James MacGregor Burns

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For other people named James Burns, see James Burns (disambiguation).

James MacGregor Burns (August 3, 1918 – July 15, 2014) was an American historian and political scientist, presidential biographer, and authority on leadership studies. He was the Woodrow Wilson Professor of Government Emeritus at Williams College and Distinguished Leadership Scholar at the James MacGregor Burns Academy of Leadership of the School of Public Policy at the University of Maryland, College Park. In 1971, Burns received the Pulitzer Prize[1] and the National Book Award in History and Biography[2] for his work on America's 32nd president, Roosevelt: The Soldier of Freedom.[3]

Burns shifted the focus of leadership studies from the traits and actions of great men to the interaction of leaders and their constituencies as collaborators working toward mutual benefit.[4] He was best known for his contributions to the transactional, transformational, aspirational, and visionary schools of leadership theory.

Biography[edit]

Early life[edit]

Burns grew up in Burlington, Massachusetts where he attended grammar school at the Burlington Union School and attended Lexington High School in neighboring Lexington, Massachusetts, and graduated in 1935.[5]

He received his bachelor's degree from Williams College in 1939 and his Ph.D. in political science from Harvard University in 1947[6] and also attended the London School of Economics.

Military service[edit]

During World War II, Burns served in the U.S. Army as a combat historian in the Pacific theater. He was awarded the Bronze Star and four Battle Stars. Throughout his military adventures, Burns noticed that when leadership was mentioned, it was in terms of the trains and qualities of officers, but not soldiers.[7]

Academic career[edit]

He taught at Williams College for nearly forty years.[8] A member of the American Academy of Arts and Sciences, he is past president of the American Political Science Association and the International Society of Political Psychology. During the early 1990s, he taught classes at the University of Maryland, where the James MacGregor Burns Academy of Leadership was given his name.[6]

Political career[edit]

Burns was the Democratic nominee for the 1st Congressional District of Massachusetts in 1958 and was elected a delegate to four Democratic National Conventions.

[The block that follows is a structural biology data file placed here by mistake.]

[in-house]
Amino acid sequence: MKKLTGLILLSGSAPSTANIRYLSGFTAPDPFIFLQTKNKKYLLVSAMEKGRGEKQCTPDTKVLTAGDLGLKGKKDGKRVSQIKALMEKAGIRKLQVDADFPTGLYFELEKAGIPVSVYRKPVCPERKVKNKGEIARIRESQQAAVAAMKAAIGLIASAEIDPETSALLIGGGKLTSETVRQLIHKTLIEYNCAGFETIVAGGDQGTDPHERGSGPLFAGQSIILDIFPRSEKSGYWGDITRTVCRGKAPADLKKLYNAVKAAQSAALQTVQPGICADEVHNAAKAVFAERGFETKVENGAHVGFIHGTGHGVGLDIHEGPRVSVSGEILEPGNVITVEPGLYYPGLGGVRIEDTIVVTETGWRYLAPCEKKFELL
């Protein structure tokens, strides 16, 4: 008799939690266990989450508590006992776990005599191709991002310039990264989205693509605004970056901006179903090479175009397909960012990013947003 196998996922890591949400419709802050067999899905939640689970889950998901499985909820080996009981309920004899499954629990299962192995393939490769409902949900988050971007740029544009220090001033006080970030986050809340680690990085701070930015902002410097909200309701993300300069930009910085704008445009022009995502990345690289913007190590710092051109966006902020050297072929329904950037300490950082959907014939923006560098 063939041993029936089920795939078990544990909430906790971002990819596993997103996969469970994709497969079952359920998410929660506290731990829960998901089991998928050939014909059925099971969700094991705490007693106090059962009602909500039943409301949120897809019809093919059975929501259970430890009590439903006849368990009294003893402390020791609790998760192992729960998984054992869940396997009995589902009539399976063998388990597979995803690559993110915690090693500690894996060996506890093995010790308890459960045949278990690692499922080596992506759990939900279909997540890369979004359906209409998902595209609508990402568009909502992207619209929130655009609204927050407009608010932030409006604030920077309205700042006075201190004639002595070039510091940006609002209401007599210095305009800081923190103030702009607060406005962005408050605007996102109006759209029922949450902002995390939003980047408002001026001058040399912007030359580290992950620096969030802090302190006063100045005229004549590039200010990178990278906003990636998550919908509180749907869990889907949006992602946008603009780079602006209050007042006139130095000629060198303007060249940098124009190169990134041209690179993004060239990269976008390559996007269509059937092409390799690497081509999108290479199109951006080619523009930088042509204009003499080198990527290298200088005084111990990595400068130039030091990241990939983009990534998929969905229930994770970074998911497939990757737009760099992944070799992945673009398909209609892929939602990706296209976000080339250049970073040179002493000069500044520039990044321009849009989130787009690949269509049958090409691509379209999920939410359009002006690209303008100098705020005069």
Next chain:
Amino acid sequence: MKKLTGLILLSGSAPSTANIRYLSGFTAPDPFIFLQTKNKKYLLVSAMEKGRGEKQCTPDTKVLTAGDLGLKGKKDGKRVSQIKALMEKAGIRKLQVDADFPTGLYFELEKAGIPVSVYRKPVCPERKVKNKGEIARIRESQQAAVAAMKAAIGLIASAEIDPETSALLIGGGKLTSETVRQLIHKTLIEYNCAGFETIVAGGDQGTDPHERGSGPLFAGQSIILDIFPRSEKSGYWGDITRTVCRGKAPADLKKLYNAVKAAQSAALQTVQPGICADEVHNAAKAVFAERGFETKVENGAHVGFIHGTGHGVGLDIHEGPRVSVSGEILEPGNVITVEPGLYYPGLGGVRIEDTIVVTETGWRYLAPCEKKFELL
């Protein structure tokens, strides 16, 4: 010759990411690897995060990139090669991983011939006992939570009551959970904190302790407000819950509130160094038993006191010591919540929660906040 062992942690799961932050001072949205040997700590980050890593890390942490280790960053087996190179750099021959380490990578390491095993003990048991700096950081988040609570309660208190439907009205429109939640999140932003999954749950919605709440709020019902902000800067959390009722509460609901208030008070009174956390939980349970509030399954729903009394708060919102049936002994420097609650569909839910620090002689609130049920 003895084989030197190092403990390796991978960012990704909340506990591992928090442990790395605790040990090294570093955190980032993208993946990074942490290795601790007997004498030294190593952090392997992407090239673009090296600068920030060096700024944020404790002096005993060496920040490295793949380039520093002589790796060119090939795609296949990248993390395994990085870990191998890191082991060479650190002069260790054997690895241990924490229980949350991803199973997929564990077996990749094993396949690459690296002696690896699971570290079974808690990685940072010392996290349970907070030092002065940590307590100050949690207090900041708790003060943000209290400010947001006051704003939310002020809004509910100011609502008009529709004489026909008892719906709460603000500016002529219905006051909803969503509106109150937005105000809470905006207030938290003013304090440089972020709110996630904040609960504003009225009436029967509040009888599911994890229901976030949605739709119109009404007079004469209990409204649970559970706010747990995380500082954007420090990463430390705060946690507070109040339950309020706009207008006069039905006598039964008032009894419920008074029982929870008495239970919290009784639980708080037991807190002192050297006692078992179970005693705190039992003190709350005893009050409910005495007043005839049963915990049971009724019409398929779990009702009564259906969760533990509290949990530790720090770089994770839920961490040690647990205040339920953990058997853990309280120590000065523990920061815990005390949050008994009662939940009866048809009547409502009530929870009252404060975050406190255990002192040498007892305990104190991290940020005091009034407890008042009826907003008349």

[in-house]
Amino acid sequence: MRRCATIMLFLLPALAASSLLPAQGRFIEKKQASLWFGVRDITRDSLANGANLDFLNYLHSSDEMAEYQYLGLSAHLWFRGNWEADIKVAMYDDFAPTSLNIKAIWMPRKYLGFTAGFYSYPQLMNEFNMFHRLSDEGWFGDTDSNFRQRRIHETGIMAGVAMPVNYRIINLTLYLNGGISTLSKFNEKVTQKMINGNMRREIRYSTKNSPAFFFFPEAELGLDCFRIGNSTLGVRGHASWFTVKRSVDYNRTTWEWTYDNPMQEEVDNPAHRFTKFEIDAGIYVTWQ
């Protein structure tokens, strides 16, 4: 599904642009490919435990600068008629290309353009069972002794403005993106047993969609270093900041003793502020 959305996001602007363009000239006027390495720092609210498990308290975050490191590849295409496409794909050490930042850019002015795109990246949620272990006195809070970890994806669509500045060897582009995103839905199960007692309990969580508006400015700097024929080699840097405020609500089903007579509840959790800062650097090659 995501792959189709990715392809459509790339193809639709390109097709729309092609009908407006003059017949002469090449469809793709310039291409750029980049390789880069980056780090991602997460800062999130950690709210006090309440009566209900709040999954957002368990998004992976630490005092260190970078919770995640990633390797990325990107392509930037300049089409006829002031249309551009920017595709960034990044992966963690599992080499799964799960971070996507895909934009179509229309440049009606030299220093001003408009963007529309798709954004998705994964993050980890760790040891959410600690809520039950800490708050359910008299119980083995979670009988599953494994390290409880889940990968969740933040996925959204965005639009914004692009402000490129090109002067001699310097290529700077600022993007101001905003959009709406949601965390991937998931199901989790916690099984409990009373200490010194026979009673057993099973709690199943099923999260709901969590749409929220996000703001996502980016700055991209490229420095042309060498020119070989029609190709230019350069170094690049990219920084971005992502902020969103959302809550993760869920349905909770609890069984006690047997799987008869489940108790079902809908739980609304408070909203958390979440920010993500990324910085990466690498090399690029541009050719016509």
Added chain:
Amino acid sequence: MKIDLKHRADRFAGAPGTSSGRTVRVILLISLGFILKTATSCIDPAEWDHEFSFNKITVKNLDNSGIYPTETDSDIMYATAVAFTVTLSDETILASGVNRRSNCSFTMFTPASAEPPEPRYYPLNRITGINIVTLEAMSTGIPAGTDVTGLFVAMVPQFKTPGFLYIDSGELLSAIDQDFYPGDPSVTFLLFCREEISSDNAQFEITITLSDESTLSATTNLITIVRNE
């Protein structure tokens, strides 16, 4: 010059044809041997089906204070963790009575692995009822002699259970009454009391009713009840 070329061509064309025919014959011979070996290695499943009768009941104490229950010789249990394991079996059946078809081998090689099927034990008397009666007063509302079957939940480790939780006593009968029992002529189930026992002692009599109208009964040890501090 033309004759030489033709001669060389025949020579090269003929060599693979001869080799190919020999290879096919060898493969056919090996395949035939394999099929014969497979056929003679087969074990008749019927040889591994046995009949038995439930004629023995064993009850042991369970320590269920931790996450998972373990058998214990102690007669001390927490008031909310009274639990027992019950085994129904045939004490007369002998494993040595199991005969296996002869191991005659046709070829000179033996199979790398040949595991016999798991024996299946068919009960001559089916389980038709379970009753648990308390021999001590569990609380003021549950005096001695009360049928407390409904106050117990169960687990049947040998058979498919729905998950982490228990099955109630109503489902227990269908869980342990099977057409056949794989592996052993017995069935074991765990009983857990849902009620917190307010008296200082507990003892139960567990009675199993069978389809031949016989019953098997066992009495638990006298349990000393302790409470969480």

Burns advocated repeal of the Twenty-second Amendment to the United States Constitution to allow effective US presidents to serve three or more terms of office.[9]

Death[edit]

He died in Williamstown, Massachusetts, on July 15, 2014, at 95.[8]

Theory of leadership[edit]

Burns' Leadership (1978) introduced two types of leadership: transactional leadership, in which leaders focus on the relationship between the leader and follower, and transformational leadership, in which leaders focus on the beliefs, needs, and values of their followers.[10]

Excerpts from Burns's book, Leadership:

  • Leadership over human beings is exercised when persons with certain motives and purposes mobilize, in competition or conflict with others, institutional, political, psychological, and other resources so as to arouse, engage, and satisfy the motives of followers... in order to realize goals mutually held by both leaders and followers....
  • Transformational leadership occurs when one or more persons engage with others in such a way that leaders and followers raise one another to higher levels of motivation and morality.
  • That people can be lifted into their better selves is the secret of transforming leadership and the moral and practical theme of this work.

His work has influenced other transformational leadership theorists, such as Bernard Bass, Bruce Avolio, and Kenneth Leithwood.[citation needed]

Books[edit]

References[edit]

  1. ^ "History". Past winners & finalists by category. The Pulitzer Prizes. Retrieved 2012-03-17.
  2. ^ "National Book Awards – 1971". National Book Foundation. Retrieved 2012-03-17.
  3. ^ Burns, James MacGregor. Roosevelt: The Soldier of Freedom, 1940-45. New York: Harcourt Brace Jovanovich, 1970
  4. ^ Burns, James MacGregor. Transforming Leadership: A New Pursuit of Happiness. New York: Atlantic Monthly Press, 2003.
  5. ^ Accardi, Dina (2012-11-25). "Kent Cottage faces uncertain future". Burlington Union. 
  6. ^ a b Matt Schudel (July 17, 2014). "Historian won Pulitzer for biography on FDR". The Baltimore Sun. p. 6. 
  7. ^ Bruce Weber (July 15, 2014). "James MacGregor Burns, Scholar of Presidents and Leadership, Dies at 95". The New York Times. 
  8. ^ a b Tony Dobrowolski (July 15, 2014). "James MacGregor Burns, historian and FDR biographer, dies at age 95". The Berkshire Eagle. 
  9. ^ Burns, James Macgregor. Running Alone: Presidential Leadership—JFK to Bush II : Why It Has Failed and How We Can Fix It. New York: Basic Books, 2006.
  10. ^ Turan, S. & Sny, C. (1996). An exploration of transformational leadership and its role in strategic planning: A conceptual framework.

External links[edit]